US Senate Foreign Relations Committee Chairman Robert Menendez, in correspondence to US Secretary of State Antony J. Blinken, expressed concern over the Rwandan government’s continued disregard for democratic and human rights, and on the need for a more effective American policy.
In this correspondence, Robert Menendes reveals that Rwanda is once again engaged in actions of regional destabilization in Central Africa, more particularly in the eastern part of the Democratic Republic of Congo where it operates under the M23 label.
“A week after the photo op with senior US officials, the Rwandan army has been credibly accused of supporting M23 rebels in the DRC and of deploying Rwandan soldiers across the border with the DRC says Senator Robert Menendes, recalling that at the end of the 1990s, Rwanda and Uganda invaded the DRC, triggering a regional war which, according to the International Rescue Committee, took up to 5.4 million deaths from 1998 to 2007 due to the conflict and the resulting humanitarian crisis.
In 2012, the senior US parliamentarian recounted, Rwanda again sought to undermine the DRC by supporting M23 rebels who captured the eastern DRC town of Goma, killing hundreds of civilians and displacing over 100,000 people.
“Ten years later, in 2022, Rwanda again sent troops across the border into the DRC and reactivated the M23 as a proxy militia now responsible for killing Congolese civilians, Congolese troops and UN peacekeepers,” he said.
In light of these troubling issues, the Chairman of the US Senate Foreign Relations Committee has urged the US Secretary of State to undertake a comprehensive review of US policy towards Rwanda. Such a review, he stresses, “should not only include a thoughtful examination of the levels and types of assistance we provide, but it should also identify the steps we should take to ensure the safety and security of American citizens. and lawful permanent residents”.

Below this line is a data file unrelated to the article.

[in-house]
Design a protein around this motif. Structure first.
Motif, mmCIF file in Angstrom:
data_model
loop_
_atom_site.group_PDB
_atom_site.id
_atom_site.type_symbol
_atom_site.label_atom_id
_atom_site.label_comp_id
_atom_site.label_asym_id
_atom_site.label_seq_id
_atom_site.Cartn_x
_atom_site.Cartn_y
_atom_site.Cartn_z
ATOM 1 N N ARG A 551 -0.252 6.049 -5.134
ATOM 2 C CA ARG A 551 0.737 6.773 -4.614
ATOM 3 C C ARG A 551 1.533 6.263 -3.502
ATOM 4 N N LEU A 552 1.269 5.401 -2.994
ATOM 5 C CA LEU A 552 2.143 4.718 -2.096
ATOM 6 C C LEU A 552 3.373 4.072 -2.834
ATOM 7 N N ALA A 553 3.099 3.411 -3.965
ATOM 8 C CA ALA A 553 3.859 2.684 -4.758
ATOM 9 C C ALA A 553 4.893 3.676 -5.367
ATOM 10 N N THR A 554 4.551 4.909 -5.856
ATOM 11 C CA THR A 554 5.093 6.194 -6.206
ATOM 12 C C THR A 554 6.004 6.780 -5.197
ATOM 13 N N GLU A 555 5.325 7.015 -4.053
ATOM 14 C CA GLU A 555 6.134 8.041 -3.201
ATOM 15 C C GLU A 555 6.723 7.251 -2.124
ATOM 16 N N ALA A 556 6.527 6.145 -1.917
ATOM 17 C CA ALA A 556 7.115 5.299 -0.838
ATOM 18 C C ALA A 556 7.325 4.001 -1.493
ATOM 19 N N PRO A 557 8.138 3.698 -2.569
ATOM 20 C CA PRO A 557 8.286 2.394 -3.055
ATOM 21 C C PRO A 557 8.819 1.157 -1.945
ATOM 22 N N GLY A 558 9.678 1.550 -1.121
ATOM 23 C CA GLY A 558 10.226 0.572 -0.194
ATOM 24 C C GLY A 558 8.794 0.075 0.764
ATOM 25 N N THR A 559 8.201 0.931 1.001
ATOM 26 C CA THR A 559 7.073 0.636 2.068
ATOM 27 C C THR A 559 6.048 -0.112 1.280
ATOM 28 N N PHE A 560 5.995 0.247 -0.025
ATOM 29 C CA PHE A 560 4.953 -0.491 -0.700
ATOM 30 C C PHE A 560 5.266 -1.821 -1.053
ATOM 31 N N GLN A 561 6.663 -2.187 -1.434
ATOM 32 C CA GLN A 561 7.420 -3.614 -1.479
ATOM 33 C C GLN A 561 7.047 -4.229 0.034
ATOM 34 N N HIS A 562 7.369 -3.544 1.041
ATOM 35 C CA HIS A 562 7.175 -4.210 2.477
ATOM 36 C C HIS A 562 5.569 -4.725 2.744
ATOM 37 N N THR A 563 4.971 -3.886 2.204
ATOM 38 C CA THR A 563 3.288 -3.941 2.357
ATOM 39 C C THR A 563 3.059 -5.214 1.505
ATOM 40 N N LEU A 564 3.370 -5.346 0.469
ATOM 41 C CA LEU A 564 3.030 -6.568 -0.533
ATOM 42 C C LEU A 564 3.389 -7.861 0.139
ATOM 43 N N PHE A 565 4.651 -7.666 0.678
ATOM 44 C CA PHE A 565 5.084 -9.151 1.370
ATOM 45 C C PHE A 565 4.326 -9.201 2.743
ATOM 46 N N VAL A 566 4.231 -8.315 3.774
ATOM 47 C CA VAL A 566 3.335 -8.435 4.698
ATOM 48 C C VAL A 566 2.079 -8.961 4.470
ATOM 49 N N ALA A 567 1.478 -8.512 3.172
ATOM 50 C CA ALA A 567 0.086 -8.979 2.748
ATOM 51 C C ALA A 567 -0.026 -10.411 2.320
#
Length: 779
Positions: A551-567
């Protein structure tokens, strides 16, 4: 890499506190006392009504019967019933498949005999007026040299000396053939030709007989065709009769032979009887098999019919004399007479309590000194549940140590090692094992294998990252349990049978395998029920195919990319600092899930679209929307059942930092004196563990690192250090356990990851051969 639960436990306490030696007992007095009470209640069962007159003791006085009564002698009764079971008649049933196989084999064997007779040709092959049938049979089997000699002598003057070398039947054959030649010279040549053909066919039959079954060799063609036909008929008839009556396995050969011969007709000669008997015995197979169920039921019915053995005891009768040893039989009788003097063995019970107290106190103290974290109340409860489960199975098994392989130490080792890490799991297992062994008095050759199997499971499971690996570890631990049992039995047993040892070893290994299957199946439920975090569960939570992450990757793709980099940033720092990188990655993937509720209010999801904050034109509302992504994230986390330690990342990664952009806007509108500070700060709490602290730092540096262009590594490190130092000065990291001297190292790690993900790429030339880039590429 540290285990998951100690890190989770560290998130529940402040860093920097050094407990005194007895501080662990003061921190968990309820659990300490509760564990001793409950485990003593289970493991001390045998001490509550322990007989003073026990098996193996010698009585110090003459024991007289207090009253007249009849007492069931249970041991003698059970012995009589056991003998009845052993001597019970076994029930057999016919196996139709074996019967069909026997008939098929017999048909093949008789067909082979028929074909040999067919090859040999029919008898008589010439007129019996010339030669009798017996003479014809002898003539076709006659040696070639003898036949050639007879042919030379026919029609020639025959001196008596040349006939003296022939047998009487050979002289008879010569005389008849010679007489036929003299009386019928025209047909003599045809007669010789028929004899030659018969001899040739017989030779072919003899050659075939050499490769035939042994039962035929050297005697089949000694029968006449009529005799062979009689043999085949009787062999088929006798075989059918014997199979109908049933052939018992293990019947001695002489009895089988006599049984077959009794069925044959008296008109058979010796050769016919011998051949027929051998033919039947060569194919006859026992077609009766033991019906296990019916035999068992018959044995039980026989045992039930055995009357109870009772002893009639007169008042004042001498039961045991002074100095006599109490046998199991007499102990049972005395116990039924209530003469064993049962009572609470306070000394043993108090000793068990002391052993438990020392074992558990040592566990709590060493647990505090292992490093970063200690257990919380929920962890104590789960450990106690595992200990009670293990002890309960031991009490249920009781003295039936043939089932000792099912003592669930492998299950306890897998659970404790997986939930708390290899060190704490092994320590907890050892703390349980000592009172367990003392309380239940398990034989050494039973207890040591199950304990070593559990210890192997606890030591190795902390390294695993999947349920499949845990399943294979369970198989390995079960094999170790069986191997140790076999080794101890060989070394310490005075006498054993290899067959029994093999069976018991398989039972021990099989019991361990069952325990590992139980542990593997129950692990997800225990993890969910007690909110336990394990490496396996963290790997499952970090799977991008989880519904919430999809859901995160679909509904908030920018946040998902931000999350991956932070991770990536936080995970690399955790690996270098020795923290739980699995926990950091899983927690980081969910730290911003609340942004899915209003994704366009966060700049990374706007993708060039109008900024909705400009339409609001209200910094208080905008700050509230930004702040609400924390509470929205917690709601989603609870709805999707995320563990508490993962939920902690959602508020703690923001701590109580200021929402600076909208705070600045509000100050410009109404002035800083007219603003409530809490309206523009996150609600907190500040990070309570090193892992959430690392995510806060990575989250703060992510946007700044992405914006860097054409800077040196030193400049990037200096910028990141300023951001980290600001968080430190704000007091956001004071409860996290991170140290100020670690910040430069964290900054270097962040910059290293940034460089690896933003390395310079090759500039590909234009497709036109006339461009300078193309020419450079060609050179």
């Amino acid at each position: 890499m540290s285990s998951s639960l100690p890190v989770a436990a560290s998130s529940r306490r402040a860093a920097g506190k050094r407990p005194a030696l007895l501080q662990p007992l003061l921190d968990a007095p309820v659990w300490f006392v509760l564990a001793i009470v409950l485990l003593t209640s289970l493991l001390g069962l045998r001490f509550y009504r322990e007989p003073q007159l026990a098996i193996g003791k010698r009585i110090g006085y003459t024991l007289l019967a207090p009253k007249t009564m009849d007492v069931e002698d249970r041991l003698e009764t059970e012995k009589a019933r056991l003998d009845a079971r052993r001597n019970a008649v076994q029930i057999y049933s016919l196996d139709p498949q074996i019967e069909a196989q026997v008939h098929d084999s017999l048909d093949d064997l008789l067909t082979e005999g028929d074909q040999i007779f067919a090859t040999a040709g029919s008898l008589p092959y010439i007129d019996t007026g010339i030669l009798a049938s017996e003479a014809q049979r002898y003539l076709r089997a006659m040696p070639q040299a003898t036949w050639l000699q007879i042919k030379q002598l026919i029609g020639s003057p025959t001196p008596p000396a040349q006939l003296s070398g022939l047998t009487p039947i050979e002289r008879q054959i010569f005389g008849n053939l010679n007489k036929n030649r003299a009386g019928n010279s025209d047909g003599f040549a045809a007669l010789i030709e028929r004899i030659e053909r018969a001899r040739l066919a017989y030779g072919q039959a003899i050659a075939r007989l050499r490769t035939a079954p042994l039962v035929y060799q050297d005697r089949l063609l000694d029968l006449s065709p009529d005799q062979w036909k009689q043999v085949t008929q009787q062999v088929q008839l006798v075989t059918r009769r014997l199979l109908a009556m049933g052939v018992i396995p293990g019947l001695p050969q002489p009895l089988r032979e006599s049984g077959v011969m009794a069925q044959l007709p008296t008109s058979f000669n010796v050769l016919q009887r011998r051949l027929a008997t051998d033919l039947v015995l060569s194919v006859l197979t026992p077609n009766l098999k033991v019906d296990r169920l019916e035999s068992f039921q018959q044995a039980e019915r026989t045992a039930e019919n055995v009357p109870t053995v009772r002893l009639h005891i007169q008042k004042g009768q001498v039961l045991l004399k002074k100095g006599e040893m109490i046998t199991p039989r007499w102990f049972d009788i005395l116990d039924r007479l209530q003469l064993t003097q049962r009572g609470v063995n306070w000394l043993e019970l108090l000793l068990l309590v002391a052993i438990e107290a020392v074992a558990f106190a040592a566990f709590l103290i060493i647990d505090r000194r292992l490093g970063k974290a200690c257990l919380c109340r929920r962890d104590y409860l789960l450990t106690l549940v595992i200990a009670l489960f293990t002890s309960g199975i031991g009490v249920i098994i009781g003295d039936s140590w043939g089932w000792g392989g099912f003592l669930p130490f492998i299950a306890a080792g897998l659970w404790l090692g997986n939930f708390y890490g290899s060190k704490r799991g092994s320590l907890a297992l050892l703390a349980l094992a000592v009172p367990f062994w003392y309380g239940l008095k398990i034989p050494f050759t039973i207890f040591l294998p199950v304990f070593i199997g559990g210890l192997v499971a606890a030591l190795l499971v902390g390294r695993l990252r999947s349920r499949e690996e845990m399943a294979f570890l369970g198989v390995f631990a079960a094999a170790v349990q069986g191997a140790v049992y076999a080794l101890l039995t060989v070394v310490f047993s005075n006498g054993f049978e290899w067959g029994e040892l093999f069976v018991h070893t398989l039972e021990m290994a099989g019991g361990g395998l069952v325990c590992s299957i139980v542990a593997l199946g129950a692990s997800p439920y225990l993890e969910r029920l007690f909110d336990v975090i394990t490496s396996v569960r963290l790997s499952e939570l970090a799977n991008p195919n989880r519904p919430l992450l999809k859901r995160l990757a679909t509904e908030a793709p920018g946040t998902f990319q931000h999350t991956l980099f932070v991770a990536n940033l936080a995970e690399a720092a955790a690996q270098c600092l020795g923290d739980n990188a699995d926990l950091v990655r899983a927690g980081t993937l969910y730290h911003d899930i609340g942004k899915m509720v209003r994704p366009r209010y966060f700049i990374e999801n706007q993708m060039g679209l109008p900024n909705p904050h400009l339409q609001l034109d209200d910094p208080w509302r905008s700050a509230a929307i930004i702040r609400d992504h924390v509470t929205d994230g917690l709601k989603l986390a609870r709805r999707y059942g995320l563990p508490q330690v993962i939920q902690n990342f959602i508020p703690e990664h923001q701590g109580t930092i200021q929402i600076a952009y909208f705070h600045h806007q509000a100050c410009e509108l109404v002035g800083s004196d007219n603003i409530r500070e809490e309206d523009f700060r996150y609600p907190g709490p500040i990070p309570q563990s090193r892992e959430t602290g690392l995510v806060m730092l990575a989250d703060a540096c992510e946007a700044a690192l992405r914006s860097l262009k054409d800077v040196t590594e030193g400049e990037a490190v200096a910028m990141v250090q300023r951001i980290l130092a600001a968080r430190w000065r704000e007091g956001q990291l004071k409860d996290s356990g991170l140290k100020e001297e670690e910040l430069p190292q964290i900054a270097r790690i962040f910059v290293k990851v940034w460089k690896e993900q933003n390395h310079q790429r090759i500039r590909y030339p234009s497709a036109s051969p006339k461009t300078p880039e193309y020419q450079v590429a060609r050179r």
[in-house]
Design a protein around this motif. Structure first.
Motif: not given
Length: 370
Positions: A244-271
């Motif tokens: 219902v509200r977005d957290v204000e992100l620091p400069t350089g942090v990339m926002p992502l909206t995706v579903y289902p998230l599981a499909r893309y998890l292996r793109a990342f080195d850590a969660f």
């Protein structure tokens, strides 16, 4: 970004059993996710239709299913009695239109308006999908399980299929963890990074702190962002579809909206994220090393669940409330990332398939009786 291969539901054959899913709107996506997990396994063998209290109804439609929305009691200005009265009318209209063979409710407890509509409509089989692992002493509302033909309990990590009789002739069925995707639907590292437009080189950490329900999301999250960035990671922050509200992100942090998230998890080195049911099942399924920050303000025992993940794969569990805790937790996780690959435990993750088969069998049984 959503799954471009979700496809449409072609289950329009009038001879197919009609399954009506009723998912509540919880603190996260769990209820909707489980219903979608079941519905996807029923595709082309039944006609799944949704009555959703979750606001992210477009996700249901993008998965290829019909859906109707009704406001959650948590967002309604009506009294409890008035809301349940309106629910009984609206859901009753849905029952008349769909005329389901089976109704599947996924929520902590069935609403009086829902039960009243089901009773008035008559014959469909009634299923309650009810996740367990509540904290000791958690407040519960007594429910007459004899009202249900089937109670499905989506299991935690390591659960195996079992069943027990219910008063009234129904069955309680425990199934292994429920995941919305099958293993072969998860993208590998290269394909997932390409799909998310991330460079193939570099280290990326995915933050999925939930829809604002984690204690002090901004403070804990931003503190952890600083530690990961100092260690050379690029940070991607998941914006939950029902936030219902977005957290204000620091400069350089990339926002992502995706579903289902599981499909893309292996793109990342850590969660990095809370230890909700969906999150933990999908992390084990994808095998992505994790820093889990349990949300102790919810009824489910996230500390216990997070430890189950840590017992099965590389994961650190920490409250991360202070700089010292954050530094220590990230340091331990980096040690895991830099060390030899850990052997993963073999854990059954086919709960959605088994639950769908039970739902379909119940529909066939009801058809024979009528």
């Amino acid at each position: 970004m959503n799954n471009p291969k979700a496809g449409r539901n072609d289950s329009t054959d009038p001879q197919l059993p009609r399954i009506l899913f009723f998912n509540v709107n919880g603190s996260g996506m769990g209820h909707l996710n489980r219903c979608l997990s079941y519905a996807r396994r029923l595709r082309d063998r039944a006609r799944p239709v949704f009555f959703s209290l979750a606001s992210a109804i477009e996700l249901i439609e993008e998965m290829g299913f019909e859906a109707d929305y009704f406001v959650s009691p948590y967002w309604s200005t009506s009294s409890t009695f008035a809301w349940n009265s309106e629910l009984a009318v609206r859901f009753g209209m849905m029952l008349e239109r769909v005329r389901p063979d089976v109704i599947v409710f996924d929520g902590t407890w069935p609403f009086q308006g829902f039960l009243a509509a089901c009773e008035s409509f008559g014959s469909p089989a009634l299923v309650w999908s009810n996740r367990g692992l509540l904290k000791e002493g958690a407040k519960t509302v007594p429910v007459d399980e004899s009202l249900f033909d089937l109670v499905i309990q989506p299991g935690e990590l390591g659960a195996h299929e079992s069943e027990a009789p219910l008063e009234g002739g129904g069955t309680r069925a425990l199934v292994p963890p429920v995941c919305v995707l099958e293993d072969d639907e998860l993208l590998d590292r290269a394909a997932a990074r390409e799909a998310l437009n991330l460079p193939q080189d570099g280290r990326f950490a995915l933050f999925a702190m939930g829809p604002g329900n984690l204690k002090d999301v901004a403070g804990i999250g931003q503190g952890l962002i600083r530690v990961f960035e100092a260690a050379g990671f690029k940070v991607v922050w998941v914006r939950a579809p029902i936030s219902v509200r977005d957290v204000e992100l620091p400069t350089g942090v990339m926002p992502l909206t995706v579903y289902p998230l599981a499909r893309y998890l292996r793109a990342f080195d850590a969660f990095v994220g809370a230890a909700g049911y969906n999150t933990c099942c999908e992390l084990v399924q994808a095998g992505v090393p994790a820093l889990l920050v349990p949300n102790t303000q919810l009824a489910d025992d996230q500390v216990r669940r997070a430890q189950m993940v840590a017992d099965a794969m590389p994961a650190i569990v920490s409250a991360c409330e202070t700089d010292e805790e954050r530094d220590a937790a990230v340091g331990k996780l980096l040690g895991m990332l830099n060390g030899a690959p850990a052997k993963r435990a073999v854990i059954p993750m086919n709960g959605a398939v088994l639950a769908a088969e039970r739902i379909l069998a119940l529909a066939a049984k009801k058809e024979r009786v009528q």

In response to Rwanda’s targeting of American residents in the United States and efforts to further destabilize neighboring DRC, the Administration may also consider removing any Rwandan military or government officials currently in the United States participating in the education program and International Military Training Programs (IMET) or other military assistance programs in Rwanda.
Suspend all military assistance to Rwanda, including Rwandan blue helmets
In the same vein, Senator Menendes also reiterated his intention to carefully examine any aid requested from Congress for Rwanda, and to suspend all security assistance, starting with several million dollars in support of blue helmets. Rwandan.
“I fear that any US support for the Rwandan army while it is deployed in the DRC in support of the rebels responsible for attacks on Congolese civilians, Congolese troops and UN peacekeepers, could send a a troubling signal that the United States tacitly condones such actions,” he said.
Separately, he argued that the United States cannot support Rwandan contributions to peacekeeping in parts of Africa while turning a blind eye as Rwanda foments rebellion and violence in other parts. from the continent.
At the end of May, the chairman of the Senate Foreign Relations Committee, Robert Menendez, had, through a message relayed on his Twitter account, stressed that investigations must be expedited so that those responsible for the aggression suffered by the DRC are punished.